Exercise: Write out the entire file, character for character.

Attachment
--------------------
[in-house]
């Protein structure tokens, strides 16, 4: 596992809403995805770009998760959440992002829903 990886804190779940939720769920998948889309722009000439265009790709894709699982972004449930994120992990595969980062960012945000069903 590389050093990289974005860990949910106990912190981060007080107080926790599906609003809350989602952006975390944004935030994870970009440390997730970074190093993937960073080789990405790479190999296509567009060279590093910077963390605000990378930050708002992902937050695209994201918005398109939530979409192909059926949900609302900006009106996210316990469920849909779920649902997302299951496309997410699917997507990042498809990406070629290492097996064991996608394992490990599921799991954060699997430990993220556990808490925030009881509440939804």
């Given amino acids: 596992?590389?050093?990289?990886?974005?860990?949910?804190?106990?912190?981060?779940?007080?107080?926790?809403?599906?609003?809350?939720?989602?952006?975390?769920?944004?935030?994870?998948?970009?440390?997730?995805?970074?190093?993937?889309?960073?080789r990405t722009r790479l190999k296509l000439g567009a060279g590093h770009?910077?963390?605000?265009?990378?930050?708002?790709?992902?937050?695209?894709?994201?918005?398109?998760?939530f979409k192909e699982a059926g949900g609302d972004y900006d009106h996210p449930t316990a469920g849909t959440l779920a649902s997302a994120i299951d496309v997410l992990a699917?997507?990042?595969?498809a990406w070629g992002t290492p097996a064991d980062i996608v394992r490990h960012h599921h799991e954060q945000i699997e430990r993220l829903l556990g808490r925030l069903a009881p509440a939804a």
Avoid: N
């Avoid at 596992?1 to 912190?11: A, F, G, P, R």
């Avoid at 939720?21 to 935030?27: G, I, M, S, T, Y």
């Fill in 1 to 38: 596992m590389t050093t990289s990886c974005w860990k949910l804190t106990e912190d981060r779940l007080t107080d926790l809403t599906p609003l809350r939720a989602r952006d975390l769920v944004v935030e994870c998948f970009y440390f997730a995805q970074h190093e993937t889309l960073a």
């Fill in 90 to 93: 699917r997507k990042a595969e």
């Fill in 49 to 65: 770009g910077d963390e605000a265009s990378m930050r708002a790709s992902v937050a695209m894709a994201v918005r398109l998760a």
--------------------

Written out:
[in-house]
């Protein structure tokens, strides 16, 4: 596992809403995805770009998760959440992002829903 990886804190779940939720769920998948889309722009000439265009790709894709699982972004449930994120992990595969980062960012945000069903 590389050093990289974005860990949910106990912190981060007080107080926790599906609003809350989602952006975390944004935030994870970009440390997730970074190093993937960073080789990405790479190999296509567009060279590093910077963390605000990378930050708002992902937050695209994201918005398109939530979409192909059926949900609302900006009106996210316990469920849909779920649902997302299951496309997410699917997507990042498809990406070629290492097996064991996608394992490990599921799991954060699997430990993220556990808490925030009881509440939804």
């Given amino acids: 596992?590389?050093?990289?990886?974005?860990?949910?804190?106990?912190?981060?779940?007080?107080?926790?809403?599906?609003?809350?939720?989602?952006?975390?769920?944004?935030?994870?998948?970009?440390?997730?995805?970074?190093?993937?889309?960073?080789r990405t722009r790479l190999k296509l000439g567009a060279g590093h770009?910077?963390?605000?265009?990378?930050?708002?790709?992902?937050?695209?894709?994201?918005?398109?998760?939530f979409k192909e699982a059926g949900g609302d972004y900006d009106h996210p449930t316990a469920g849909t959440l779920a649902s997302a994120i299951d496309v997410l992990a699917?997507?990042?595969?498809a990406w070629g992002t290492p097996a064991d980062i996608v394992r490990h960012h599921h799991e954060q945000i699997e430990r993220l829903l556990g808490r925030l069903a009881p509440a939804a």
Avoid: N
């Avoid at 596992?1 to 912190?11: A, F, G, P, R």
């Avoid at 939720?21 to 935030?27: G, I, M, S, T, Y």
């Fill in 1 to 38: 596992m590389t050093t990289s990886c974005w860990k949910l804190t106990e912190d981060r779940l007080t107080d926790l809403t599906p609003l809350r939720a989602r952006d975390l769920v944004v935030e994870c998948f970009y440390f997730a995805q970074h190093e993937t889309l960073a």
């Fill in 90 to 93: 699917r997507k990042a595969e």
């Fill in 49 to 65: 770009g910077d963390e605000a265009s990378m930050r708002a790709s992902v937050a695209m894709a994201v918005r398109l998760a």